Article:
Several Courts of Inquiry and Parliamentary Committees and Sub-Committees have also recommended in the past that the Mines Act, 1952 be amended so as to keep pace with time.

Therefore, the new preamble describes the Mines Act, 1952 as “An Act to amend and consolidate the law relating to regulation of condition of work and welfare of persons employed in mines and for the matter connected therewith or incidental thereto”.

It is proposed to extend the jurisdiction of this Act upto the Exclusive Economic Zones an Maritime Zones of India as defined in the Territorial Waters, Continental Shelf, Exclusive Economic Zone and Other Maritime Zones Ac, 1976. (80 of 1976).

In order to prevent evasion of responsibility and any confusion regarding management hierarchy, the term ‘agent’ is being proposed to be submitted by a new definition whereby “Agent” means every person, superior to the Manager and whether appointed as such or not, who, on behalf of the owner, takes part in the management, control, supervision or direction of the mine or any part.

The proposed definition of “Owner” means every person or authority having ultimate control over the affairs of the mine and specifies such person ( viz. Chief Executive Officer or Managing Director) or authority under all possible circumstances in the present scenario. The proposed definition is more comprehensive and is in line with the Companies Act, 1952 ( 1 of 1952).

It is further proposed to provide that every person who contracts for the services or operations in a mine, and includes a contractor and sub-contractor, shall also be the owner.

Mining being very hazardous where any negligence may lead to loss of lives, the penalties need to be made stringent, at least in line with those of other similar Acts, so that the offender is not let off with a token penalty, as is mostly the case. Hence penalties have been enhanced by about 100 times.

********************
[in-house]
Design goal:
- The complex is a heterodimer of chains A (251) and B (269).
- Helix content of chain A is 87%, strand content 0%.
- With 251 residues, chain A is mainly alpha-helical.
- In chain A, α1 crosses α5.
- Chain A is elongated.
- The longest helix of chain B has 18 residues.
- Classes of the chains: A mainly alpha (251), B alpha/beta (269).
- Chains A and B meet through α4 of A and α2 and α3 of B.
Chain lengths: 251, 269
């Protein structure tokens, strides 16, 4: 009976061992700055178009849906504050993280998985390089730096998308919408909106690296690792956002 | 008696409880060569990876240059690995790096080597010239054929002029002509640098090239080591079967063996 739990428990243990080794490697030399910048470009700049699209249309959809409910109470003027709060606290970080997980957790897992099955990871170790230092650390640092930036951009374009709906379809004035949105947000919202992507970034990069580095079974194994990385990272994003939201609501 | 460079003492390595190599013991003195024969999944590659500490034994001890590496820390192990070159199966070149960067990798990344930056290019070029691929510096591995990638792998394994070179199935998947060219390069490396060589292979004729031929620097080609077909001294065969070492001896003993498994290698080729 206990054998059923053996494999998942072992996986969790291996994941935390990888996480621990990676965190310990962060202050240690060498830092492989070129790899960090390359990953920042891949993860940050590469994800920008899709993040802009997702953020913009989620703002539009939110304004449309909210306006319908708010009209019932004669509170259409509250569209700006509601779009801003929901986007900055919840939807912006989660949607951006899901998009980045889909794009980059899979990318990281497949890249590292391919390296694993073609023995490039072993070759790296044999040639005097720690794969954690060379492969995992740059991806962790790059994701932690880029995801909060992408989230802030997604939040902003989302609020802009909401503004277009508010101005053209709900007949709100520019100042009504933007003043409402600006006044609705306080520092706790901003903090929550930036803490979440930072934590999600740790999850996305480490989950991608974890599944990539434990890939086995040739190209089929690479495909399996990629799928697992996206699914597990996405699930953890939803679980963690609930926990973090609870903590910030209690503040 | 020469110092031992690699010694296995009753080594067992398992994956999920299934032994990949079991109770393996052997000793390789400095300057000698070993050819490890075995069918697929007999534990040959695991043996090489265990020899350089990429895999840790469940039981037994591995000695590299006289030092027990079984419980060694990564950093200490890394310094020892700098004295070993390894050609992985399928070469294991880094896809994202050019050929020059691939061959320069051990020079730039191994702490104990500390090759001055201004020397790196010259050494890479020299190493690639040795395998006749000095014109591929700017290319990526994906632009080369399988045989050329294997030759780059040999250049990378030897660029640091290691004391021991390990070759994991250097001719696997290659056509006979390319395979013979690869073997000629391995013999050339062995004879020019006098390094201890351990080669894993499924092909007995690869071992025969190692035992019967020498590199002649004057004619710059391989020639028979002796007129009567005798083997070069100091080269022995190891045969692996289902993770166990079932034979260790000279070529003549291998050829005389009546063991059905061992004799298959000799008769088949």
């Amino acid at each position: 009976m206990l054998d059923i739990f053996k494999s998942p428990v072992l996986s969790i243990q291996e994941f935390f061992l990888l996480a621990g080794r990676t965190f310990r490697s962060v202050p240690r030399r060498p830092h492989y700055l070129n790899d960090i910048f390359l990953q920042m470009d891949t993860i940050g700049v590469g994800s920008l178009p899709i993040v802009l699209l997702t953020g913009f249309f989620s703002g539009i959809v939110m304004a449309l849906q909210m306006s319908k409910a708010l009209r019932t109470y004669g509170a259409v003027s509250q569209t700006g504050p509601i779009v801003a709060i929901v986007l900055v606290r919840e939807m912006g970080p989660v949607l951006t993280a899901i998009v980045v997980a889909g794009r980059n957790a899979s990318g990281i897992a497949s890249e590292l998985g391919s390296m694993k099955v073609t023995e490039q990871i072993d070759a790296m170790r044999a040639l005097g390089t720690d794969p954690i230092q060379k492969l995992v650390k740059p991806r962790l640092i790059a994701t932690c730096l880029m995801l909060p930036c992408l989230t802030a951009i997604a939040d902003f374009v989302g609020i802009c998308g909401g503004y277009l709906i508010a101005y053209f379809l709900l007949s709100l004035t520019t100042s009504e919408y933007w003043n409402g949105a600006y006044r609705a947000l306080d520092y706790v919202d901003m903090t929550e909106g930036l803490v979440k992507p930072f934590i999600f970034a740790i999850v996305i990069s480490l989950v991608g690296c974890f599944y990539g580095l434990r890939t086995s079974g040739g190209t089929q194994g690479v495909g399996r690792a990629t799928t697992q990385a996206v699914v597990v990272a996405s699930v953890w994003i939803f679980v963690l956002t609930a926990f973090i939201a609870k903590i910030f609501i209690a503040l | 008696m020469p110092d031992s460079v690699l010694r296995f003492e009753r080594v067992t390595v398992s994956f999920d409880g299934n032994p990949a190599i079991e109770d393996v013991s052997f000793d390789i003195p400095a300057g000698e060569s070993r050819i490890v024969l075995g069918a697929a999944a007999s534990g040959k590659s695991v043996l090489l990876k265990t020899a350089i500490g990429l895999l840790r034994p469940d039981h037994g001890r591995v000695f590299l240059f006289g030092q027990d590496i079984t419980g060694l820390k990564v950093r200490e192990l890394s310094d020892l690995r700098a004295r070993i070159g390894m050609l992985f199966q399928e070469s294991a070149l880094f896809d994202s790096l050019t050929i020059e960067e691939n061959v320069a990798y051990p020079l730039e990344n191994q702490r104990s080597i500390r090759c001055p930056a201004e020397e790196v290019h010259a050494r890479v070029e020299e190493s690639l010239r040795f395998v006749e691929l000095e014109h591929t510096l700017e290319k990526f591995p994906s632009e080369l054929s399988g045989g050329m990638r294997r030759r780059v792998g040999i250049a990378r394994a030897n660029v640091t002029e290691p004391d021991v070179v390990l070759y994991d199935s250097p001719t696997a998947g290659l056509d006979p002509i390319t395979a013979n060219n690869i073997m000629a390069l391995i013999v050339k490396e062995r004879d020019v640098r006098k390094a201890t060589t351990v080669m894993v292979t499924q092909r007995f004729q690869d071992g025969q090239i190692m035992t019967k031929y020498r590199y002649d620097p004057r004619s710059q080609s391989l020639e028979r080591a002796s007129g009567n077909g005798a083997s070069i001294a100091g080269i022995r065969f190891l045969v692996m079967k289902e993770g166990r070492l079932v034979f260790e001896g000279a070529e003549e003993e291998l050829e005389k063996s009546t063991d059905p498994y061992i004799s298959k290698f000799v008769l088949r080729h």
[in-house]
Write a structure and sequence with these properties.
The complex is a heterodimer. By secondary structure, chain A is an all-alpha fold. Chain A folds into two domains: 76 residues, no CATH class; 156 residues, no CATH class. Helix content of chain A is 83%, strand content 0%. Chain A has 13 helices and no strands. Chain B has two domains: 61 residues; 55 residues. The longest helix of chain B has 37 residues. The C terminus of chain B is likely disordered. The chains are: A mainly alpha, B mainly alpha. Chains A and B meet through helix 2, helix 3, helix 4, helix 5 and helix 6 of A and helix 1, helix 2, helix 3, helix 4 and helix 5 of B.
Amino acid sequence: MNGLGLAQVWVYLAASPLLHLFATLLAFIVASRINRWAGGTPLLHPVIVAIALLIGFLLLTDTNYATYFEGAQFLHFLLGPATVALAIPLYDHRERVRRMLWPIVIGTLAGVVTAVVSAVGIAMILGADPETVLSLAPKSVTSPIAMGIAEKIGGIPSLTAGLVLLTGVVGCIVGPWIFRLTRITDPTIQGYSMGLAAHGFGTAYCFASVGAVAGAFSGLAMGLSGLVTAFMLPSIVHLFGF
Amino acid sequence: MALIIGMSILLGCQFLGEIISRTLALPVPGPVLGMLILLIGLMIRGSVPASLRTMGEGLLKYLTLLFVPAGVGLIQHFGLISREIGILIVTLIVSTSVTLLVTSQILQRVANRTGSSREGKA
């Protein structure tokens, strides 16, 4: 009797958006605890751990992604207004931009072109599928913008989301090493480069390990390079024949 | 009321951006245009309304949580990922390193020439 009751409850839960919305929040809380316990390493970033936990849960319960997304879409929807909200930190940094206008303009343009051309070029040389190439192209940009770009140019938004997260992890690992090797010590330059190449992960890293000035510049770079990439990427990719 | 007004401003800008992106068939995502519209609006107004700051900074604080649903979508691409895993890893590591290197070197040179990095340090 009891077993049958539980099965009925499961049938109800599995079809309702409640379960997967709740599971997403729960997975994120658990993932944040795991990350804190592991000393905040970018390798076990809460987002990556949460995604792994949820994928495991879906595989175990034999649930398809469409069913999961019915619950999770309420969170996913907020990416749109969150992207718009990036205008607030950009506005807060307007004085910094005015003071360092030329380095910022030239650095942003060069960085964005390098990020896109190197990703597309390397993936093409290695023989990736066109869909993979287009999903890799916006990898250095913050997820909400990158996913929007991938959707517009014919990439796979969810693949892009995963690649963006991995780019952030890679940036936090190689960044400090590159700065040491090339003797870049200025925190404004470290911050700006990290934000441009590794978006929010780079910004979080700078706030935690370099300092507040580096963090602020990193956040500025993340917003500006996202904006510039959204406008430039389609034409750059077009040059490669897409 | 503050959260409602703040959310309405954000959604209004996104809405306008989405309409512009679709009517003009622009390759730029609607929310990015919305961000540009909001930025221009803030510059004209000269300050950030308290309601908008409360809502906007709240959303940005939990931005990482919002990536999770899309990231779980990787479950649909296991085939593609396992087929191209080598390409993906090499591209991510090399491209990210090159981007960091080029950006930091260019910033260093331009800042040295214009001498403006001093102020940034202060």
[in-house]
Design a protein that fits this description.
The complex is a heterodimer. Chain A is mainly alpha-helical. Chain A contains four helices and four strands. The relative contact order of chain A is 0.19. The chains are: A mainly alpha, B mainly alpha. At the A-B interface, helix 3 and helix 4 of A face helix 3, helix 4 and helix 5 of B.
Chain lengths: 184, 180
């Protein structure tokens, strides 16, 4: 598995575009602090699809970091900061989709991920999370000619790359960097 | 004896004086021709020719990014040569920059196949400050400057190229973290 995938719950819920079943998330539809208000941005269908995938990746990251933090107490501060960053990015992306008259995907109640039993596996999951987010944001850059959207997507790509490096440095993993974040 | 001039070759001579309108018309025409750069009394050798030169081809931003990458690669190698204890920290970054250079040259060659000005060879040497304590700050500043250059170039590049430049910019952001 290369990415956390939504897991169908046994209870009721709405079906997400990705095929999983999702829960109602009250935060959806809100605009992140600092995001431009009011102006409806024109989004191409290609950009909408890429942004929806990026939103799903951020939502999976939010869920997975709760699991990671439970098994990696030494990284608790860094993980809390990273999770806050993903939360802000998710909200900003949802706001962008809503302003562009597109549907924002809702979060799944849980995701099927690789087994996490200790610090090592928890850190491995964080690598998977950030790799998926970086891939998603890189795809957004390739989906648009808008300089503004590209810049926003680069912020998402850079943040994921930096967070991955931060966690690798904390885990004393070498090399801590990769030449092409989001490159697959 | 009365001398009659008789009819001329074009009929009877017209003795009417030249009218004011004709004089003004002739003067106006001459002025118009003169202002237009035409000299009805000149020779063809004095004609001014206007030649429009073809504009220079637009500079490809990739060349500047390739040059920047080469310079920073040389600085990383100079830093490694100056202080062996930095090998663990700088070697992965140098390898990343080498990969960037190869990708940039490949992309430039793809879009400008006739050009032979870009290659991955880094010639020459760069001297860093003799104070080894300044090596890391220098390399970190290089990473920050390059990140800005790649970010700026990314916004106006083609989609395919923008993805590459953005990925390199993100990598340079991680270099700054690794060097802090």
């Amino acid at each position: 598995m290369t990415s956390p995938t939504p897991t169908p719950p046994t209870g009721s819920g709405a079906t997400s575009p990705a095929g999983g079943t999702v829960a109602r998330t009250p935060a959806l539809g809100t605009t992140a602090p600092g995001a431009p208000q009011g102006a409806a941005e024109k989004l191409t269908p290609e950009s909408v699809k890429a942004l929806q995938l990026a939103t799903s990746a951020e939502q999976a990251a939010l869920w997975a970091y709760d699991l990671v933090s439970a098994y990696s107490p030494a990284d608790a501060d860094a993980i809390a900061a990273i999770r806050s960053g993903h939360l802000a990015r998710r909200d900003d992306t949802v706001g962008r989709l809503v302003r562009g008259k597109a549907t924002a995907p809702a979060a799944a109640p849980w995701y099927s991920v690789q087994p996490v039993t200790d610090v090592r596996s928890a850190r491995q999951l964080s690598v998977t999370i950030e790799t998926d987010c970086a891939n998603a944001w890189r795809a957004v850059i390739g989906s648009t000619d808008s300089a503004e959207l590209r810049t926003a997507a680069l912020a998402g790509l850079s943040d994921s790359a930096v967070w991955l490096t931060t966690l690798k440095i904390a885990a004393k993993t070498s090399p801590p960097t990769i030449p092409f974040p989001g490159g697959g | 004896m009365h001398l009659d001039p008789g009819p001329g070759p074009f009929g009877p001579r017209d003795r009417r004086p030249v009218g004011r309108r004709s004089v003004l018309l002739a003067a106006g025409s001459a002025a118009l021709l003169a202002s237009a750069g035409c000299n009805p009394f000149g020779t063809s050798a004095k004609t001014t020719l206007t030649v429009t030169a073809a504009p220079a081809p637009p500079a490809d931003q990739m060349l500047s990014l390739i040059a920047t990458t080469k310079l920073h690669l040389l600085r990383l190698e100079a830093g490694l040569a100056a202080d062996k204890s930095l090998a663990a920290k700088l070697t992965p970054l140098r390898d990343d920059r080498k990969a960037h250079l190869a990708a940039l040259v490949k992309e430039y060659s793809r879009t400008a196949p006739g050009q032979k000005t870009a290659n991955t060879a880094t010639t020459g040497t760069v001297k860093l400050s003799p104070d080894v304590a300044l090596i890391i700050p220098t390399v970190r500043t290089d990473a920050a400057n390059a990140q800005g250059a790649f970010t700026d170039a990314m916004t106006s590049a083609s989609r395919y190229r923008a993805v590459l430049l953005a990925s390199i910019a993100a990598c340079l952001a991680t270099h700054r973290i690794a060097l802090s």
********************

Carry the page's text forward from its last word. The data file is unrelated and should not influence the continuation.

The burden to prove before an authority or court of law that all necessary measures had been taken and due diligence used to comply with the provisions etc. shall be that of the offender (section 74 A). This proposed provision is similar to the provisions contained in section 104A in the Factories Act, 1948 and section 16 and 17 of the Environment (Protection) Act, 1986.

The Prime Minister’s Office on 24.2.2010 directed the Ministry of Labour & Employment to place the matter before the Committee of Secretaries for its consideration. The Committee of Secretaries has considered the proposal in its meeting held on 18.5.2010 and has decided that the Ministry of Labour and Employment may notify the proposed amendments to the Indian Mines Act, 1952 without affecting the existing rules made by the Ministry of Petroleum and Natural gas. The proposed amendments under the Indian Mines Act, 1952 will be over and above the rules as already notified by Ministry of Petroleum and Natural Gas, and will be consistent with them.